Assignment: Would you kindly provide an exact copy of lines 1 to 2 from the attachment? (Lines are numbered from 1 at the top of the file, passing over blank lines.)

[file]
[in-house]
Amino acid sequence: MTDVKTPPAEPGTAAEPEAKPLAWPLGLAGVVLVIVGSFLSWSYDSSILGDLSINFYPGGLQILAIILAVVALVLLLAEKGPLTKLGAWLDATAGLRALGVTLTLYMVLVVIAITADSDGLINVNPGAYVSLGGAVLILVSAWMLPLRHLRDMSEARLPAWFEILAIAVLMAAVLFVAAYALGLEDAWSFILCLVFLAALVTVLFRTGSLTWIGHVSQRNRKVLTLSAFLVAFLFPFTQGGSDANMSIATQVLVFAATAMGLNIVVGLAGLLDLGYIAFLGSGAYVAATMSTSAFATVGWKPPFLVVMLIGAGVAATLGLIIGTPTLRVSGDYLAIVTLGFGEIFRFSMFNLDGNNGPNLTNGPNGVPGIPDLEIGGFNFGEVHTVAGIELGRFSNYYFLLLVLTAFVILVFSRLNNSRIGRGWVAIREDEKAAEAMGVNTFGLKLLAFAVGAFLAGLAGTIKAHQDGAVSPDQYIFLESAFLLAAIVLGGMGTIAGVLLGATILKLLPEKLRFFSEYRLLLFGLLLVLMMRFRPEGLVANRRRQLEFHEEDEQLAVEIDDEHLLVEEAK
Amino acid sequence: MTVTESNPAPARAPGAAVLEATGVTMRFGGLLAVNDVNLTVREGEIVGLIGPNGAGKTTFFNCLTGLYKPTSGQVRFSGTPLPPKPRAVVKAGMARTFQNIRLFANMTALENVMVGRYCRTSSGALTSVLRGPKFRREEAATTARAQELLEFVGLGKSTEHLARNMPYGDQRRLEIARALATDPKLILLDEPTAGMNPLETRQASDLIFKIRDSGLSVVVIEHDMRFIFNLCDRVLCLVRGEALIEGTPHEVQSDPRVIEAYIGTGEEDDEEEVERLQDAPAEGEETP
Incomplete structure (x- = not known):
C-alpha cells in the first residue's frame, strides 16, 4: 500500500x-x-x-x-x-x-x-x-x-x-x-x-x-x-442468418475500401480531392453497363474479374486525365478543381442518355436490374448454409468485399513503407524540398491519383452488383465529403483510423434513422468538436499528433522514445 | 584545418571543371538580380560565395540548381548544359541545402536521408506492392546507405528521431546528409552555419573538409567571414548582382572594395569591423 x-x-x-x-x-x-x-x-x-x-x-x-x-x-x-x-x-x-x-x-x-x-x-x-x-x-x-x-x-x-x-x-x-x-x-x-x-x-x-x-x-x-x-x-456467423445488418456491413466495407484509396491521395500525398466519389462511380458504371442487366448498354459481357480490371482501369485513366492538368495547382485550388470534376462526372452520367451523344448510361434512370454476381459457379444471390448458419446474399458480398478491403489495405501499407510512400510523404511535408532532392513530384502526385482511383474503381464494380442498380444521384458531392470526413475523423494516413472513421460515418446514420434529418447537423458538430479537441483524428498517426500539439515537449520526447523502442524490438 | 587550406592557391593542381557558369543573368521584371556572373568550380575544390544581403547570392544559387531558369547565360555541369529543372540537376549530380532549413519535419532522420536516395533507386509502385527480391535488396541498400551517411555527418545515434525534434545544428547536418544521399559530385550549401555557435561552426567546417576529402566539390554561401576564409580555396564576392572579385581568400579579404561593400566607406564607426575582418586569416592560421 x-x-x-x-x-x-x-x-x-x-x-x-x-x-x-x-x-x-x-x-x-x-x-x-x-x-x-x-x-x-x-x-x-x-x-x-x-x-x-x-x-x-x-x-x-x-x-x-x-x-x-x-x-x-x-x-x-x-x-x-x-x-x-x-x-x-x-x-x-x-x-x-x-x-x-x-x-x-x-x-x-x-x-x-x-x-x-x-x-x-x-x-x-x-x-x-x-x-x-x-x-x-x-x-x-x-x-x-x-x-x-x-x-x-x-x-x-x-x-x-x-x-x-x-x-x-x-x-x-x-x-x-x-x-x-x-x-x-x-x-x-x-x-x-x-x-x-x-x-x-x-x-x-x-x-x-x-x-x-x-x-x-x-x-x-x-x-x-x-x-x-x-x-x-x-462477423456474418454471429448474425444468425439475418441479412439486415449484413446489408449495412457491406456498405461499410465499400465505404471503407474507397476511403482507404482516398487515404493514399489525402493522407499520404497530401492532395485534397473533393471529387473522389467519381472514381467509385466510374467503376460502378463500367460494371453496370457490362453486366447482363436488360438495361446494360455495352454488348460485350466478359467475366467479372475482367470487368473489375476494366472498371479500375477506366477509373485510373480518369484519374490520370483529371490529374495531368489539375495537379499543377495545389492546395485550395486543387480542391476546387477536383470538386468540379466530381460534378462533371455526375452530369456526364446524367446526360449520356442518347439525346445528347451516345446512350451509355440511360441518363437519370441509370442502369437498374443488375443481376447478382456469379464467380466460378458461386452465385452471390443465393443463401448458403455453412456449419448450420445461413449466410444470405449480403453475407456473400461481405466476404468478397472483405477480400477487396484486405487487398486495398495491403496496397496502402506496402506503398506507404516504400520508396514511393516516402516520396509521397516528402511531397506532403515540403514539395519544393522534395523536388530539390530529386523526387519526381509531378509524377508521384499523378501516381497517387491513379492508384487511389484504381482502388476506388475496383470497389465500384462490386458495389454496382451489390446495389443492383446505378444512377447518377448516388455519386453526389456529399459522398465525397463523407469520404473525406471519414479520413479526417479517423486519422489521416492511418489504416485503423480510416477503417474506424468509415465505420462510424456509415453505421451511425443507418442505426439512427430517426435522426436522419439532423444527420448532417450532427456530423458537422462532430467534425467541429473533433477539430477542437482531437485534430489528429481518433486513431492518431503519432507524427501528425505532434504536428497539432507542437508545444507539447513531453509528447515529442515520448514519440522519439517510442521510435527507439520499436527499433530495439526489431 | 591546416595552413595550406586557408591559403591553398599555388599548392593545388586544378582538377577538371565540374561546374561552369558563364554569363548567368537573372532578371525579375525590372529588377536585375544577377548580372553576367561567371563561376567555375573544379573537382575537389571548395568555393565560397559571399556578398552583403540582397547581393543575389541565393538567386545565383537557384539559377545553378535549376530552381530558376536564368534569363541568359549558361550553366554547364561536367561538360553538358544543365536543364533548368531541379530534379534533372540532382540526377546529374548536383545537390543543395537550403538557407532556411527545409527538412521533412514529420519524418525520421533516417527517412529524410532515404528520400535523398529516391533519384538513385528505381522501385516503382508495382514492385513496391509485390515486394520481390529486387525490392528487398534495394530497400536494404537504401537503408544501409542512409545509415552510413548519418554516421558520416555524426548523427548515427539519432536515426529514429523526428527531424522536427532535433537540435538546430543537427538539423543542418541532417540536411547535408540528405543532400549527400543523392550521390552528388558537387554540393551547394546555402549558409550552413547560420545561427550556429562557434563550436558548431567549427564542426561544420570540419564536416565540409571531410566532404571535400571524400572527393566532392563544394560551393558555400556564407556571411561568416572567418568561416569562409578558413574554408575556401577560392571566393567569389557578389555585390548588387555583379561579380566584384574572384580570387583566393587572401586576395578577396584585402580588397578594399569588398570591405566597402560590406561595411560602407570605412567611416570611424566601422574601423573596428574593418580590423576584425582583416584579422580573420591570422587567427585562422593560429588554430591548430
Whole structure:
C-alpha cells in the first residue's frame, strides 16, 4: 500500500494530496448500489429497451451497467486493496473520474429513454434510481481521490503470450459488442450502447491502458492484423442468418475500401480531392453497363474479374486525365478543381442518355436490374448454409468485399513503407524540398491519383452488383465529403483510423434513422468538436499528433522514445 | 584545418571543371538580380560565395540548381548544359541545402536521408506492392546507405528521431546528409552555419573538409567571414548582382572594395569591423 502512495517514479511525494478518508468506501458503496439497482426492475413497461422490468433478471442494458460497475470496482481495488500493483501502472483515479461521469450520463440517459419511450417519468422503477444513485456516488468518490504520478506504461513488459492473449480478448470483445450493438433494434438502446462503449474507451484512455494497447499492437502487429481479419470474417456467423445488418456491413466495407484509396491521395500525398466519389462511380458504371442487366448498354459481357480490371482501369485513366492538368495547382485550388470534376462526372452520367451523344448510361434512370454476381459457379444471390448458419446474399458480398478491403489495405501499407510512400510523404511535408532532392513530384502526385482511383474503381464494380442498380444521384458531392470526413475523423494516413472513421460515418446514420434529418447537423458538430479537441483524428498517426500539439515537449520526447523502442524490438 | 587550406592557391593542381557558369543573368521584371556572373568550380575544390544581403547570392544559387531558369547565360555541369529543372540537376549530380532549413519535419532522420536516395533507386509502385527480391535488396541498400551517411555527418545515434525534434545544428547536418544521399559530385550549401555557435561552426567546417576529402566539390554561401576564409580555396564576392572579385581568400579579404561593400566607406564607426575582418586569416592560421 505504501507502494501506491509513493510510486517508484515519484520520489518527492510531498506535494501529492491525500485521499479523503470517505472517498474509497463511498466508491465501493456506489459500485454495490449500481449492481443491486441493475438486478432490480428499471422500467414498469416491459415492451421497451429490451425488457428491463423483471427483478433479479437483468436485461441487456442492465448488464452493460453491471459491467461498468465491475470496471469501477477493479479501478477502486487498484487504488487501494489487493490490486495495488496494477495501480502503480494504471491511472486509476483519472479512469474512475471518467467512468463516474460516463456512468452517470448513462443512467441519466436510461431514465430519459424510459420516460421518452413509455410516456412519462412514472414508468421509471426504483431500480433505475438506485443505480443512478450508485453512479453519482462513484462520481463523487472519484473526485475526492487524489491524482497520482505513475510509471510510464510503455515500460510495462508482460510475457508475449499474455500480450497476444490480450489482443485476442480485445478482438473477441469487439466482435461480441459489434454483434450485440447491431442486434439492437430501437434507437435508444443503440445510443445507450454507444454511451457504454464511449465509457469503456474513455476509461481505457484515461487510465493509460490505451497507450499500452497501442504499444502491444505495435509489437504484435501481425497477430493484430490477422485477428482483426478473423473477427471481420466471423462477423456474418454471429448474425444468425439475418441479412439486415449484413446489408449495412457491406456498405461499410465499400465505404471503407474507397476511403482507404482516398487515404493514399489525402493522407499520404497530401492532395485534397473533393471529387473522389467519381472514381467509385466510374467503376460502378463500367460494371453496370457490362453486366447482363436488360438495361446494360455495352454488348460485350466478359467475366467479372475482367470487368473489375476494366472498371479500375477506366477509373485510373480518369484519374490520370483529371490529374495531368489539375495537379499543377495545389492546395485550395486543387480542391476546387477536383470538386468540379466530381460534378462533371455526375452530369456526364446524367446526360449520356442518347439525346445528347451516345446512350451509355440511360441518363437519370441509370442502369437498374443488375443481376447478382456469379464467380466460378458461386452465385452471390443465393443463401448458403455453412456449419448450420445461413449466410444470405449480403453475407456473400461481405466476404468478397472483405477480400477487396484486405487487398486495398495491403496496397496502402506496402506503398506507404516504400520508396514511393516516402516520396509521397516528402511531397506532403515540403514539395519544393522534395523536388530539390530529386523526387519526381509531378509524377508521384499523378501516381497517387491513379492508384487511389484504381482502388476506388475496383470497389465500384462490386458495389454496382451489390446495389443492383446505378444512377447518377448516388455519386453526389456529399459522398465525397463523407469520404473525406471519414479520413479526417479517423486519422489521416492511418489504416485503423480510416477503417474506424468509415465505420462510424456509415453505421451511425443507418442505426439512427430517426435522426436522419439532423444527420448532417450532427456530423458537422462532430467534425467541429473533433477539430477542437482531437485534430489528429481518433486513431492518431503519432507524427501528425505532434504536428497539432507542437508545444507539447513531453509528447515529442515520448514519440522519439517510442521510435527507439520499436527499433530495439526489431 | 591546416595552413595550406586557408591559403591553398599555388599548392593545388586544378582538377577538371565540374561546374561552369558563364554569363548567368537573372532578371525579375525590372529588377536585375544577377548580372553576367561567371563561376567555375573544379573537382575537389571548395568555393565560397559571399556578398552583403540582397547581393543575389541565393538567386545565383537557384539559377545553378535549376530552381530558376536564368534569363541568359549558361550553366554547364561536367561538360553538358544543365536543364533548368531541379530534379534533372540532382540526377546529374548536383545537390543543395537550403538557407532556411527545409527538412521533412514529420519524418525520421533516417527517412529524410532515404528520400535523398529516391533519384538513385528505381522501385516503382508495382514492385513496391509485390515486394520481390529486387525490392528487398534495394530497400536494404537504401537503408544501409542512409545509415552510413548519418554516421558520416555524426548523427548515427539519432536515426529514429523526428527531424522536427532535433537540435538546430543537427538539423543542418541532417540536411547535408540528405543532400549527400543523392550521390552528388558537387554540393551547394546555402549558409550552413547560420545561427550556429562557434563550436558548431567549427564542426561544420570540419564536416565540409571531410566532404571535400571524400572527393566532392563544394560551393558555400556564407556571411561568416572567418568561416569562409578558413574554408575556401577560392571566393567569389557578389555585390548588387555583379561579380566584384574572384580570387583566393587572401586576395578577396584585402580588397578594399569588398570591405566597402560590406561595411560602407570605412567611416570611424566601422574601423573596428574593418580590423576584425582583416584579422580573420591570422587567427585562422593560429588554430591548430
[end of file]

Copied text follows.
[in-house]
Amino acid sequence: MTDVKTPPAEPGTAAEPEAKPLAWPLGLAGVVLVIVGSFLSWSYDSSILGDLSINFYPGGLQILAIILAVVALVLLLAEKGPLTKLGAWLDATAGLRALGVTLTLYMVLVVIAITADSDGLINVNPGAYVSLGGAVLILVSAWMLPLRHLRDMSEARLPAWFEILAIAVLMAAVLFVAAYALGLEDAWSFILCLVFLAALVTVLFRTGSLTWIGHVSQRNRKVLTLSAFLVAFLFPFTQGGSDANMSIATQVLVFAATAMGLNIVVGLAGLLDLGYIAFLGSGAYVAATMSTSAFATVGWKPPFLVVMLIGAGVAATLGLIIGTPTLRVSGDYLAIVTLGFGEIFRFSMFNLDGNNGPNLTNGPNGVPGIPDLEIGGFNFGEVHTVAGIELGRFSNYYFLLLVLTAFVILVFSRLNNSRIGRGWVAIREDEKAAEAMGVNTFGLKLLAFAVGAFLAGLAGTIKAHQDGAVSPDQYIFLESAFLLAAIVLGGMGTIAGVLLGATILKLLPEKLRFFSEYRLLLFGLLLVLMMRFRPEGLVANRRRQLEFHEEDEQLAVEIDDEHLLVEEAK